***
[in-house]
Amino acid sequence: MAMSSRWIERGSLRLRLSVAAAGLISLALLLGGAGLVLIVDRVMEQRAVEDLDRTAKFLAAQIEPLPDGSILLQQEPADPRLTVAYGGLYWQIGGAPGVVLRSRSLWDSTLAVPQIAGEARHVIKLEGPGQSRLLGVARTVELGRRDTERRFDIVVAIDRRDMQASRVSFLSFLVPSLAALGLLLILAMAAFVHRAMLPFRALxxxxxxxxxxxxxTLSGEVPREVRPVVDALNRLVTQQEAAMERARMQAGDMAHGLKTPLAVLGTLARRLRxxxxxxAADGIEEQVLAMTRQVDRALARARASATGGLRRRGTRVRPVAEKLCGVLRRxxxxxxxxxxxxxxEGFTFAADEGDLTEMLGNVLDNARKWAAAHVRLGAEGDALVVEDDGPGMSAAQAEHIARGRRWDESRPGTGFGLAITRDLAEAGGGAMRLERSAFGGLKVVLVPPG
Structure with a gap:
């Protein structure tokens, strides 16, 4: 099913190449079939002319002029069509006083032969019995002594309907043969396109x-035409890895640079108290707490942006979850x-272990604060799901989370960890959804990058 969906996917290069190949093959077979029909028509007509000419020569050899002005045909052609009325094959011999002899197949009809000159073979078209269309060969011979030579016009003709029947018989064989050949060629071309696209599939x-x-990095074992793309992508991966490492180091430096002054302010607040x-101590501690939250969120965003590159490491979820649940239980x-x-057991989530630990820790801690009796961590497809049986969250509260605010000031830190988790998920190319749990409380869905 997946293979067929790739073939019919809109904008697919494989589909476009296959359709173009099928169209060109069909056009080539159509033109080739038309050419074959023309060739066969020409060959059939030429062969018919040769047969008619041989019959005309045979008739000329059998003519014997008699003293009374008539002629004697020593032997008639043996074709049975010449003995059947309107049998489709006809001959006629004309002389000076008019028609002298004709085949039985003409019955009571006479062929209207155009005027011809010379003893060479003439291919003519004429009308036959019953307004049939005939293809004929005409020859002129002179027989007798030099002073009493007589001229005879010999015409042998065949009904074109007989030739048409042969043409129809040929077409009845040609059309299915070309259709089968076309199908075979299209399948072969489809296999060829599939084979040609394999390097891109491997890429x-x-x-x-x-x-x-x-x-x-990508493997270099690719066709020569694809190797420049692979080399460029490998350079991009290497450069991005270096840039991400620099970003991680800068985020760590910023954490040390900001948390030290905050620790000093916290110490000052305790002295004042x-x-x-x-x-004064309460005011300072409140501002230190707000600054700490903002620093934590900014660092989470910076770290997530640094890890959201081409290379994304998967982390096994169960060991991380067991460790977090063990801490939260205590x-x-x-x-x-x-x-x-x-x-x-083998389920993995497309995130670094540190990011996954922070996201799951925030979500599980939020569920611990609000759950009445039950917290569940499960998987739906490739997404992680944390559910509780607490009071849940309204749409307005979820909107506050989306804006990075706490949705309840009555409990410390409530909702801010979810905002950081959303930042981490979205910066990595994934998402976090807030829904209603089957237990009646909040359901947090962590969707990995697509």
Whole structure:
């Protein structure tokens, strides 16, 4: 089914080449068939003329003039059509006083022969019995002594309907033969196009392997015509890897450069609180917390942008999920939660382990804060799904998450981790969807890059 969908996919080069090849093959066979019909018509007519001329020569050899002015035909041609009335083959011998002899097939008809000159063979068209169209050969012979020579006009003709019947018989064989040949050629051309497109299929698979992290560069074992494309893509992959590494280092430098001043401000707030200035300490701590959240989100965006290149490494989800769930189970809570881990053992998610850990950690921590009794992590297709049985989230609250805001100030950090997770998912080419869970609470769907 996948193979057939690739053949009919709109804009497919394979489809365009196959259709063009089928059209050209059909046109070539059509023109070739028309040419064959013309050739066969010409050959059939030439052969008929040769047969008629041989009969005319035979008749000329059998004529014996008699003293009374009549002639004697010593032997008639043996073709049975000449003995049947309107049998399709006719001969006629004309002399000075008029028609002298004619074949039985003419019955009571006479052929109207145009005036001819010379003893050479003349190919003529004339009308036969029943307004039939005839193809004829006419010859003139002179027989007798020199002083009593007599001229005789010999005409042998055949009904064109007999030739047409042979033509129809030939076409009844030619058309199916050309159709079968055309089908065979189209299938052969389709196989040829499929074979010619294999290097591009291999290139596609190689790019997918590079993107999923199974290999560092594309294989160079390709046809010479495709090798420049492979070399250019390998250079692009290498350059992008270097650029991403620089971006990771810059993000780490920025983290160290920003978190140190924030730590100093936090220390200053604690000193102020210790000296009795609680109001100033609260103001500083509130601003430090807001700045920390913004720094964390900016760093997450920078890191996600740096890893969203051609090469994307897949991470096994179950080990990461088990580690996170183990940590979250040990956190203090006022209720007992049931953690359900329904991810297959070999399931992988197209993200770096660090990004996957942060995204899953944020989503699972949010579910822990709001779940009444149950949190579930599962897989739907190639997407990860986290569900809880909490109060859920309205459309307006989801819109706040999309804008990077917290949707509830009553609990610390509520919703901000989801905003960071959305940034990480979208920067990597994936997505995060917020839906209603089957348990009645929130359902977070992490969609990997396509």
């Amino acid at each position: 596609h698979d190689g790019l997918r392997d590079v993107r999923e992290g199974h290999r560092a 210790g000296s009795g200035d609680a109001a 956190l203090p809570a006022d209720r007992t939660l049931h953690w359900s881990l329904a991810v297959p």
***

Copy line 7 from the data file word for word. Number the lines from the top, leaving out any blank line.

């Amino acid at each position: 596609h698979d190689g790019l997918r392997d590079v993107r999923e992290g199974h290999r560092a 210790g000296s009795g200035d609680a109001a 956190l203090p809570a006022d209720r007992t939660l049931h953690w359900s881990l329904a991810v297959p």